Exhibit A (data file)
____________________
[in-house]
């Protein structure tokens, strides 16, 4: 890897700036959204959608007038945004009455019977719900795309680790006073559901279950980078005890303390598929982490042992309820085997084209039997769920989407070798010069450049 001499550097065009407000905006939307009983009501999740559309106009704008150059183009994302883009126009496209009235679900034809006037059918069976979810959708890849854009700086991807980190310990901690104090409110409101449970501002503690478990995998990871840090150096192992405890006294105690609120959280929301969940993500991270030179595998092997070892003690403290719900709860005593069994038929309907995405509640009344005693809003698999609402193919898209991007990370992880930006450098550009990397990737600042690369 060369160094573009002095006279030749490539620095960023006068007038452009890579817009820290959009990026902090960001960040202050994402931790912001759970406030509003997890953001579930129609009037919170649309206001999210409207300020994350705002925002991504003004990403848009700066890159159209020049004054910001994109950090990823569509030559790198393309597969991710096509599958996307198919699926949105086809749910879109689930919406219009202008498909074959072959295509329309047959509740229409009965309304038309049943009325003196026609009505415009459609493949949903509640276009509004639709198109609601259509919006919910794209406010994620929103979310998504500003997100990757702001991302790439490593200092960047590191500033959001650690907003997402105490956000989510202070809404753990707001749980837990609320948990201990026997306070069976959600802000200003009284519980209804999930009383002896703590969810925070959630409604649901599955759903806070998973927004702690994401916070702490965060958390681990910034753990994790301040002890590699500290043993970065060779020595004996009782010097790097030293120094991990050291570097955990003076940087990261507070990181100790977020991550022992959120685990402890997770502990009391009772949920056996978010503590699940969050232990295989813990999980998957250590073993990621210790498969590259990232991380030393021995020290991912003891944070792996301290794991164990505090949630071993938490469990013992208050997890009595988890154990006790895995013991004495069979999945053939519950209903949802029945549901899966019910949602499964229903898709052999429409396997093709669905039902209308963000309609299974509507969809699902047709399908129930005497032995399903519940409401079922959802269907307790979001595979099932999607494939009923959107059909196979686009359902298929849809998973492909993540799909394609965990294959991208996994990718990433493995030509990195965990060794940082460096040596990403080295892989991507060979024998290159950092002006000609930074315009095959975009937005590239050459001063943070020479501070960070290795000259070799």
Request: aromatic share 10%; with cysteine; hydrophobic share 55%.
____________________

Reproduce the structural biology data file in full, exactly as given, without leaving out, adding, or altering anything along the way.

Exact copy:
[in-house]
């Protein structure tokens, strides 16, 4: 890897700036959204959608007038945004009455019977719900795309680790006073559901279950980078005890303390598929982490042992309820085997084209039997769920989407070798010069450049 001499550097065009407000905006939307009983009501999740559309106009704008150059183009994302883009126009496209009235679900034809006037059918069976979810959708890849854009700086991807980190310990901690104090409110409101449970501002503690478990995998990871840090150096192992405890006294105690609120959280929301969940993500991270030179595998092997070892003690403290719900709860005593069994038929309907995405509640009344005693809003698999609402193919898209991007990370992880930006450098550009990397990737600042690369 060369160094573009002095006279030749490539620095960023006068007038452009890579817009820290959009990026902090960001960040202050994402931790912001759970406030509003997890953001579930129609009037919170649309206001999210409207300020994350705002925002991504003004990403848009700066890159159209020049004054910001994109950090990823569509030559790198393309597969991710096509599958996307198919699926949105086809749910879109689930919406219009202008498909074959072959295509329309047959509740229409009965309304038309049943009325003196026609009505415009459609493949949903509640276009509004639709198109609601259509919006919910794209406010994620929103979310998504500003997100990757702001991302790439490593200092960047590191500033959001650690907003997402105490956000989510202070809404753990707001749980837990609320948990201990026997306070069976959600802000200003009284519980209804999930009383002896703590969810925070959630409604649901599955759903806070998973927004702690994401916070702490965060958390681990910034753990994790301040002890590699500290043993970065060779020595004996009782010097790097030293120094991990050291570097955990003076940087990261507070990181100790977020991550022992959120685990402890997770502990009391009772949920056996978010503590699940969050232990295989813990999980998957250590073993990621210790498969590259990232991380030393021995020290991912003891944070792996301290794991164990505090949630071993938490469990013992208050997890009595988890154990006790895995013991004495069979999945053939519950209903949802029945549901899966019910949602499964229903898709052999429409396997093709669905039902209308963000309609299974509507969809699902047709399908129930005497032995399903519940409401079922959802269907307790979001595979099932999607494939009923959107059909196979686009359902298929849809998973492909993540799909394609965990294959991208996994990718990433493995030509990195965990060794940082460096040596990403080295892989991507060979024998290159950092002006000609930074315009095959975009937005590239050459001063943070020479501070960070290795000259070799």
Request: aromatic share 10%; with cysteine; hydrophobic share 55%.